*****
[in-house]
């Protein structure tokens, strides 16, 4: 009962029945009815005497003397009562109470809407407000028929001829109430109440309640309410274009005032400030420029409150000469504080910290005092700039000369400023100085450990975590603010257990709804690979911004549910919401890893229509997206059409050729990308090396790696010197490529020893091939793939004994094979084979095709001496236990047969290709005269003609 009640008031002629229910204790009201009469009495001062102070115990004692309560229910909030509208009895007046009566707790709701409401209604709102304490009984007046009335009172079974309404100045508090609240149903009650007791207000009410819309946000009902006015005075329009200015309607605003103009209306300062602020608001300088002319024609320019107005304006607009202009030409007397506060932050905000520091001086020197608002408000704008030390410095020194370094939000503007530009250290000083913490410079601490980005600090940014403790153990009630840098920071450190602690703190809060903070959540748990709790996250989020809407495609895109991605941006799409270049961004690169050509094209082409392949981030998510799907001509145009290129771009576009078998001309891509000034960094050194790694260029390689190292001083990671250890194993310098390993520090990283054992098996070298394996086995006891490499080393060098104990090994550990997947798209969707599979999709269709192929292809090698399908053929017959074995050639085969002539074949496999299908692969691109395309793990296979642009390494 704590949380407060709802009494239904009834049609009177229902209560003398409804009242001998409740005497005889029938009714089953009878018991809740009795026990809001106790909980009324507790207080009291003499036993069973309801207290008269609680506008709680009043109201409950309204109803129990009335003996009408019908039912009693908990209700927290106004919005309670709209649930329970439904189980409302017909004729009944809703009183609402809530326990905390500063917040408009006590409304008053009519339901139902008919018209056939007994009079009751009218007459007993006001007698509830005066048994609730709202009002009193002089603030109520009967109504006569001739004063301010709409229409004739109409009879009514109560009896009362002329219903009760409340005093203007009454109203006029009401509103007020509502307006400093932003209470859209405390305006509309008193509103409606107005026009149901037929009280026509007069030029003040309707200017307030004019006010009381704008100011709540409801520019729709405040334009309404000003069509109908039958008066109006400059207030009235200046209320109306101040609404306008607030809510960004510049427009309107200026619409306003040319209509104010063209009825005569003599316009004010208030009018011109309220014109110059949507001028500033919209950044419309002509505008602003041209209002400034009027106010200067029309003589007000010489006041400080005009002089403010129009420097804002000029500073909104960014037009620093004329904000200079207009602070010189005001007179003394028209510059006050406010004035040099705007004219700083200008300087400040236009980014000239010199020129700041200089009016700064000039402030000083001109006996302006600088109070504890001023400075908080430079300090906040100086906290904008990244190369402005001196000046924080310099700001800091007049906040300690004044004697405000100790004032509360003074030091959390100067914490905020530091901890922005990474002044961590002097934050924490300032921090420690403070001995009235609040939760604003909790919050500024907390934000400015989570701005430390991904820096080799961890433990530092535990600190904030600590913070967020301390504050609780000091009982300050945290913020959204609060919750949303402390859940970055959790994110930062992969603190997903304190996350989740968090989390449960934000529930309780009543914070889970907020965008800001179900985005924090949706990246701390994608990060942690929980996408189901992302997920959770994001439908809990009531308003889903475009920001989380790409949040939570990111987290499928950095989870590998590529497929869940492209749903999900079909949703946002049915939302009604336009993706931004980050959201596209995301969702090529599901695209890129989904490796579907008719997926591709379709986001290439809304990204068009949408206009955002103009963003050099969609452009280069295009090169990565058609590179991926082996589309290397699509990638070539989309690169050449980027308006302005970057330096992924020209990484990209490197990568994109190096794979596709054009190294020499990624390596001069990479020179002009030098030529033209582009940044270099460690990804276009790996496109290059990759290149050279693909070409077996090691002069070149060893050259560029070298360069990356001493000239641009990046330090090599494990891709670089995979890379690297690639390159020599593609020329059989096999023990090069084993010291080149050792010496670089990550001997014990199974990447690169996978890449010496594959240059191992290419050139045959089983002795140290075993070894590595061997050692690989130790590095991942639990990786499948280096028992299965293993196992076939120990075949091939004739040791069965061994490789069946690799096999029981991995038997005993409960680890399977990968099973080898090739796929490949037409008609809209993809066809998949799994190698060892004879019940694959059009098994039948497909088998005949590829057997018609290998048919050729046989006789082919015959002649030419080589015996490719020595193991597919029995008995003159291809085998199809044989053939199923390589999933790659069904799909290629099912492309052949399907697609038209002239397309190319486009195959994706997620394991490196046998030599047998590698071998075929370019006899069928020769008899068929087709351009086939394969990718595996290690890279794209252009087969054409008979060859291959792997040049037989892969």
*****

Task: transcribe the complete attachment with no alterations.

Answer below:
[in-house]
């Protein structure tokens, strides 16, 4: 009962029945009815005497003397009562109470809407407000028929001829109430109440309640309410274009005032400030420029409150000469504080910290005092700039000369400023100085450990975590603010257990709804690979911004549910919401890893229509997206059409050729990308090396790696010197490529020893091939793939004994094979084979095709001496236990047969290709005269003609 009640008031002629229910204790009201009469009495001062102070115990004692309560229910909030509208009895007046009566707790709701409401209604709102304490009984007046009335009172079974309404100045508090609240149903009650007791207000009410819309946000009902006015005075329009200015309607605003103009209306300062602020608001300088002319024609320019107005304006607009202009030409007397506060932050905000520091001086020197608002408000704008030390410095020194370094939000503007530009250290000083913490410079601490980005600090940014403790153990009630840098920071450190602690703190809060903070959540748990709790996250989020809407495609895109991605941006799409270049961004690169050509094209082409392949981030998510799907001509145009290129771009576009078998001309891509000034960094050194790694260029390689190292001083990671250890194993310098390993520090990283054992098996070298394996086995006891490499080393060098104990090994550990997947798209969707599979999709269709192929292809090698399908053929017959074995050639085969002539074949496999299908692969691109395309793990296979642009390494 704590949380407060709802009494239904009834049609009177229902209560003398409804009242001998409740005497005889029938009714089953009878018991809740009795026990809001106790909980009324507790207080009291003499036993069973309801207290008269609680506008709680009043109201409950309204109803129990009335003996009408019908039912009693908990209700927290106004919005309670709209649930329970439904189980409302017909004729009944809703009183609402809530326990905390500063917040408009006590409304008053009519339901139902008919018209056939007994009079009751009218007459007993006001007698509830005066048994609730709202009002009193002089603030109520009967109504006569001739004063301010709409229409004739109409009879009514109560009896009362002329219903009760409340005093203007009454109203006029009401509103007020509502307006400093932003209470859209405390305006509309008193509103409606107005026009149901037929009280026509007069030029003040309707200017307030004019006010009381704008100011709540409801520019729709405040334009309404000003069509109908039958008066109006400059207030009235200046209320109306101040609404306008607030809510960004510049427009309107200026619409306003040319209509104010063209009825005569003599316009004010208030009018011109309220014109110059949507001028500033919209950044419309002509505008602003041209209002400034009027106010200067029309003589007000010489006041400080005009002089403010129009420097804002000029500073909104960014037009620093004329904000200079207009602070010189005001007179003394028209510059006050406010004035040099705007004219700083200008300087400040236009980014000239010199020129700041200089009016700064000039402030000083001109006996302006600088109070504890001023400075908080430079300090906040100086906290904008990244190369402005001196000046924080310099700001800091007049906040300690004044004697405000100790004032509360003074030091959390100067914490905020530091901890922005990474002044961590002097934050924490300032921090420690403070001995009235609040939760604003909790919050500024907390934000400015989570701005430390991904820096080799961890433990530092535990600190904030600590913070967020301390504050609780000091009982300050945290913020959204609060919750949303402390859940970055959790994110930062992969603190997903304190996350989740968090989390449960934000529930309780009543914070889970907020965008800001179900985005924090949706990246701390994608990060942690929980996408189901992302997920959770994001439908809990009531308003889903475009920001989380790409949040939570990111987290499928950095989870590998590529497929869940492209749903999900079909949703946002049915939302009604336009993706931004980050959201596209995301969702090529599901695209890129989904490796579907008719997926591709379709986001290439809304990204068009949408206009955002103009963003050099969609452009280069295009090169990565058609590179991926082996589309290397699509990638070539989309690169050449980027308006302005970057330096992924020209990484990209490197990568994109190096794979596709054009190294020499990624390596001069990479020179002009030098030529033209582009940044270099460690990804276009790996496109290059990759290149050279693909070409077996090691002069070149060893050259560029070298360069990356001493000239641009990046330090090599494990891709670089995979890379690297690639390159020599593609020329059989096999023990090069084993010291080149050792010496670089990550001997014990199974990447690169996978890449010496594959240059191992290419050139045959089983002795140290075993070894590595061997050692690989130790590095991942639990990786499948280096028992299965293993196992076939120990075949091939004739040791069965061994490789069946690799096999029981991995038997005993409960680890399977990968099973080898090739796929490949037409008609809209993809066809998949799994190698060892004879019940694959059009098994039948497909088998005949590829057997018609290998048919050729046989006789082919015959002649030419080589015996490719020595193991597919029995008995003159291809085998199809044989053939199923390589999933790659069904799909290629099912492309052949399907697609038209002239397309190319486009195959994706997620394991490196046998030599047998590698071998075929370019006899069928020769008899068929087709351009086939394969990718595996290690890279794209252009087969054409008979060859291959792997040049037989892969």